EDAW: Why I waited, and why you mustn’t

The following is a submission from a former sufferer of an eating disorder. They have asked to stay anonymous. 

EDAW: Why I waited, and why you mustn’t

It’s EDAW, or Eating Disorder Awareness Week around the country. This year, the nation’s eating disorder charity, Beat, are asking the question: why wait? From accepting that your own behaviour isn’t normal, to sharing symptoms with those around you, seeking treatment or even just swallowing that mouthful, eating disorders play on waiting. I had badly disordered eating for the best part of 10 years, and anorexia for 5 of those. I lied, manipulated and frankly starved my way through much of my childhood and most of my adolescence, with both the anorexic and the dying parts of me waiting for change. 

The further along the path of recovery I become, the more I realise it was a waiting game for those around me too. Waiting for somebody else to step in, waiting until I broached the subject, maybe even waiting for me to die. I can understand that to someone with little or no experience of the ED world this seems dark, depressing, and perhaps melodramatic. This is the life of those affected. In my recovery, one of the most helpful things I came to terms with was that anorexia has two destinations: recovery or death, and with the highest mortality rate of any single psychiatric condition, the latter is a very real possibility.

This is why it is so vital for those affected to act now. Whether you’re sick, a friend or family member, teacher, colleague, housemate or peer of someone who is, you simply do not have the time to wait. An eating disorder will not hesitate to wholly consume its host for fear of upsetting it, just like you cannot afford to hope that it will go away. It won’t. I waited because it was easy, because it avoided internal conflict. I waited for my ‘ana’ to stop controlling me, I waited for ‘her’ to take over completely and let me die too. I waited for someone around me to take control, I waited until I’d totally shut them out too. I waited for the doctors to finally notice my ribcage, for someone to take care of me, for the number on the scale to change and I waited until I could count my bones, until I was hospitalised and until parts of me started failing too. I waited, thinking the next morning would never come. And then it did. And then someone helped me make a choice.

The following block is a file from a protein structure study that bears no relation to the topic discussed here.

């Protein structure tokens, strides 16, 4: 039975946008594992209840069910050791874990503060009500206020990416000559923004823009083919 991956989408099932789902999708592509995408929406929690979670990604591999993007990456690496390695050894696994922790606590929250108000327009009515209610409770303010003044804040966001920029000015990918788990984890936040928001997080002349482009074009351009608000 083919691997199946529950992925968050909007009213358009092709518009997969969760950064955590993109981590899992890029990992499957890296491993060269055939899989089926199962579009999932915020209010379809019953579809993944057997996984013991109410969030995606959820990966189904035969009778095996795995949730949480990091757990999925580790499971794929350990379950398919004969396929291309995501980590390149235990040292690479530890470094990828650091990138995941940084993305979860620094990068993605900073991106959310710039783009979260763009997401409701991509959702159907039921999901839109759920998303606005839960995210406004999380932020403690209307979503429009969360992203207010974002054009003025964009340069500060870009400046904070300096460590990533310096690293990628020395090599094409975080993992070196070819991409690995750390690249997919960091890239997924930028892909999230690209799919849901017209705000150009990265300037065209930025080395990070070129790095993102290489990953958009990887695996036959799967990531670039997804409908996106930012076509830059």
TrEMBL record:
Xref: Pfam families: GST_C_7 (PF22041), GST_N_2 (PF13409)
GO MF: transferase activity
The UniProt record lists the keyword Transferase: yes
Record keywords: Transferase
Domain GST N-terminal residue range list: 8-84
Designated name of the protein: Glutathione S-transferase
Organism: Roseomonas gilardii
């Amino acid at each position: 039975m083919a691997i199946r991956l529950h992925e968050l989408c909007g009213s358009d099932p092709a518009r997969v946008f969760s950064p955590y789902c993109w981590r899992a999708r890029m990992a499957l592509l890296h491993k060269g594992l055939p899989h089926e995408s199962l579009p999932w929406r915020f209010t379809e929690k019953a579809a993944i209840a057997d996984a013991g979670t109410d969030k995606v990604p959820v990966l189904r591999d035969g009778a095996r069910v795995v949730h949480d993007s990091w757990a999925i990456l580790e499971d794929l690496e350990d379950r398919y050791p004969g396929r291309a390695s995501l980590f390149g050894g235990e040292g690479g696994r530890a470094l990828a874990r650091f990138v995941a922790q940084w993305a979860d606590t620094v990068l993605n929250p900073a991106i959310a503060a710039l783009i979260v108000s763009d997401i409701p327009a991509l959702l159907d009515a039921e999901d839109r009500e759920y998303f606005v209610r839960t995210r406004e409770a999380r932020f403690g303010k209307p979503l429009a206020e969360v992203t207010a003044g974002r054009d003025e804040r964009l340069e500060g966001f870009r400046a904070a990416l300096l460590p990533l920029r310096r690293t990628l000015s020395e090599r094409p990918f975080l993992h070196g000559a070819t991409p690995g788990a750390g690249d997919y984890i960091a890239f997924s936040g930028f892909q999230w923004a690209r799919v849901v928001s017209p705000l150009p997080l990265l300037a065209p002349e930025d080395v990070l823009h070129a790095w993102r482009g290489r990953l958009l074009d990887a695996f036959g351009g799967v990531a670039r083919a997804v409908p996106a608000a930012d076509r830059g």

He didn’t wait. He helped me realise that life didn’t have to be calorie counting and weigh ins. I was lucky, I waited and something good came long. I have had friends who weren’t. Knowing someone with an eating disorder is hard work. It’s painful and it’s tiring and frustrating and in some ways I think harder than actually having the diagnosis. But my story, like so many others with positive outcomes or not, show that waiting is plain dangerous. I knew someone that as a result of a mistake died waiting over a weekend. I think it’s important to stress urgency here, while it’s uncommon for cases to change that rapidly, a few days can be the difference between being able to emotionally reach someone, and their ED having formed near impenetrable walls. ‘On average, 149 weeks pass before those experiencing eating disorder symptoms seek help.’ (Beat) If you can encourage that person to reach out sooner, you are doing them a service for the rest of their life. 

Beat have a comprehensive list of advice for those suffering and those wanting to help which I’d highly recommend if you need further information or tips on where to start. 

Otherwise, my general advice to family/peers would be:

  • Do not pussy-foot around the subject as that can be offensive and annoying to the sufferer, 

  • Talk to them in a safe, quiet  and neutral environment, 

  • Educate yourself on the nature of their ED beforehand, but remember you are no expert and they will often have done their own research

  • Do not force them to eat, as you’re likely to push them away

  • Remind them of their importance to you and others

  • Support them with going to medical appointments and chasing up any waiting lists/referrals

  • Support them with obtaining any documentation needed for school/work

To those suffering:

  • Your eating disorder is not your friend. It will ruin your life at best and kill you at worst

  • Speak to someone you trust, and if you can’t verbally articulate, try writing it down

  • Medical professions are there to help you move forward with your life, be honest and open

  • You’re worth it. The effort of recovery, that piece of chocolate, each lb on the scale - you’re worth it

  • Recovery is possible but it’s hard work - no slacking!

  • You are not just the boy/girl/man/woman with the eating disorder, there was a whole and complete you without it before it took hold, and there is a whole and complete you after it - your ED is not your identity

  •  You will have to re-learn so many things in your recovery, but with each one comes a new opportunity for fun and joy

Why wait? Act now. You might be saving a life. 

Image: Matthias Ripp

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Voice Magazine

Voice Magazine

Voice is a magazine and platform for young creatives covering arts, culture, politics and technology. This account contains anonymous posts, information regarding the website and our events.

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1 Comments

  • Luke Taylor

    On 27 February 2018, 10:43 Luke Taylor commented:

    This is absolutely brilliant. I'm making sure everyone sees this and understands that they are not alone.

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